Tuesday, January 10, 2017

Yahari, Yappari - Meaning in Japanese - 矢張り, やっぱり

In anime, one expression that shows up a lot is the single word yahari 矢張り, and the extremely similar yappari やっぱり. They are often translated in many different ways depending on context like as "as I thought," "it really was that," etc. And there's the doubt about the difference between yahari and yappari. So in this post I'll explain all these strange things about these words.

What Yahari 矢張り Means

First off, let's clear up the problem with the real meaning of the word yahari 矢張り and why it's translated in so many different ways in English: it's mostly because when you translate something literally, you always have the same translation but it sounds unnatural in English most of the time. So it varies depending on context.

The basic meaning is: "something happened, and it was like I thought it was going to happen." That whole thing is what yahari means. You could summarize by "it was just as I thought." Or even "as I thought." Or "as I assumed." But the basic idea remains the same.
  • yahari ore no seishun rabukome wa machigatteiru やはり俺の青春ラブコメはまちがっている。
    As I thought, my young love comedy is wrong.

Sometimes yahari is used with some other words that hardly matter. Examples:
  • yahari sou deshita ka 矢張りそうでしたか
    As I thought it was that way.
  • yahari sou datta やっぱりそうだった
    As I thought it was that way.

What Yappari Means

The word yappari means the same thing as yahari.
  • yahari ne やはりね
  • yappari ne やっぱりね
  • yappa ne やっぱね
    As I thought it was that way.

Translation of Yappari and Yahari

When translating yappari and yahari to English it gets tricky because depending on the character and the situation, the translation varies.

For example, a critical-thinking character after being given some news would have his line translated as "as I thought" or "as I presumed," but if it comes out of the mouth of a kid reacting to something it would be "I knew it!"

Further, the translation of yahari and yappari can change from sentence to sentence. This happens when the rest of the sentence has words that would make it difficult to translate word-per-word, so translators just translate the meaning of the whole sentence instead. Even in these cases yappari still keeps its original meaning in Japanese, it's just that in English it gets translated differently.

Example of the word yappari being used in Japanese in the manga sen'yuu. 戦勇。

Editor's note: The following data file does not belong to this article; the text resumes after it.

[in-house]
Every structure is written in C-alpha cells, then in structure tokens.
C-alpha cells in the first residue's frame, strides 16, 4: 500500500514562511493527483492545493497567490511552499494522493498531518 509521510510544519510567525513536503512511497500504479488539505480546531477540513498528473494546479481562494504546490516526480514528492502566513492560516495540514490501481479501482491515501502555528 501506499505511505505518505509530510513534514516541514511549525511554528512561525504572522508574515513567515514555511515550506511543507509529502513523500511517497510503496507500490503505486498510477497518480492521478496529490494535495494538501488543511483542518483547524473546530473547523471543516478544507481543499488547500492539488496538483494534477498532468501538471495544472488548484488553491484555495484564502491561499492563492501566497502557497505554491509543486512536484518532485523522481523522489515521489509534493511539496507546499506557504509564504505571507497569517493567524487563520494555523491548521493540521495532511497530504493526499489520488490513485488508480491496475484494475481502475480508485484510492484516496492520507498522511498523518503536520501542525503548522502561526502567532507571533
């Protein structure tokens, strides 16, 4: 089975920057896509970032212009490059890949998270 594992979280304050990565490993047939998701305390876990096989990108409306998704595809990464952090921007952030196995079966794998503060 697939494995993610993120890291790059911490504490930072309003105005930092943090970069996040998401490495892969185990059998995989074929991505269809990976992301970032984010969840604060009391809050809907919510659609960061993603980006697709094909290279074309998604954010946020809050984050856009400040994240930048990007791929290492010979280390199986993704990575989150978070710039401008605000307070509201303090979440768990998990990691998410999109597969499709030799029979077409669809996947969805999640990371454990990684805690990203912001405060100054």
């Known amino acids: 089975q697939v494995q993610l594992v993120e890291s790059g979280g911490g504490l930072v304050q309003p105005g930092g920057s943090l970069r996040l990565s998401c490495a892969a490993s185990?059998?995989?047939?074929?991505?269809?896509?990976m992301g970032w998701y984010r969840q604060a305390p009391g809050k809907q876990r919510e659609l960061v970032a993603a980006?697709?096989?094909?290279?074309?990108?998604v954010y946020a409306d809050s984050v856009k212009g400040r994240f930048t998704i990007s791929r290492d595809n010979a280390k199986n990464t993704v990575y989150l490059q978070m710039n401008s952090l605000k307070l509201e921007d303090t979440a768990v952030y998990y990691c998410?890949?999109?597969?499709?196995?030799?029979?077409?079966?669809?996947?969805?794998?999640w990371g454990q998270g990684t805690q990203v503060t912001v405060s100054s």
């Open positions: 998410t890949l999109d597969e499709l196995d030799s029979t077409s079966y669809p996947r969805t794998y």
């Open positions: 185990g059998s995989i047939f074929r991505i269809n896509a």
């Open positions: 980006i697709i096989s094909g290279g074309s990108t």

Kanji of Yahari 矢張り

The kanji used in the word yahari 矢張り are ateji, and that means they don't bear any meaning, they were just chosen because of how they're read.

The ya 矢 part means "arrow" and the hari 張り part means the "stretch" of something, that is, how much it stretched. From the verb haru 張る, meaning "to stretch." The kanji of these two completely unrelated words come together in yahari 矢張り only because the pronunciation matches.

Originally yahari やはり did not have kanji, it was written with just hiragana.

Yahari vs Yappari

The next problem is the difference between yahari やはり and yappari やっぱり.

There is no difference between yahari and yappari. They are pretty much the same word. It just happens that, in Japanese, words with syllables starting with h, such as ha は and ho ほ, are made sound stronger than normal by turning those syllables into ppa っぱ and ppo っぽ. For other examples, see sokuonbin 促音便.

That is, yappari is merely pronounced stronger than yahari, it has no other difference besides that emphasis on the sound. In some cases, such as with nihon vs nippon, there is a difference between the meaning of one word and the other, but with yahari and yappari there is no real difference.

They are the same thing.


The word yappashi やっぱし is just another way of saying yappari or yahari. This word is used more in some regions of Japan, but that's about it.

Word yappashi やっぱし used in manga Azumanga Daioh あずまんが大王

No comments:

Post a Comment

Leave your komento コメント in this posuto ポスト of this burogu ブログ with your questions about Japanese, doubts or whatever!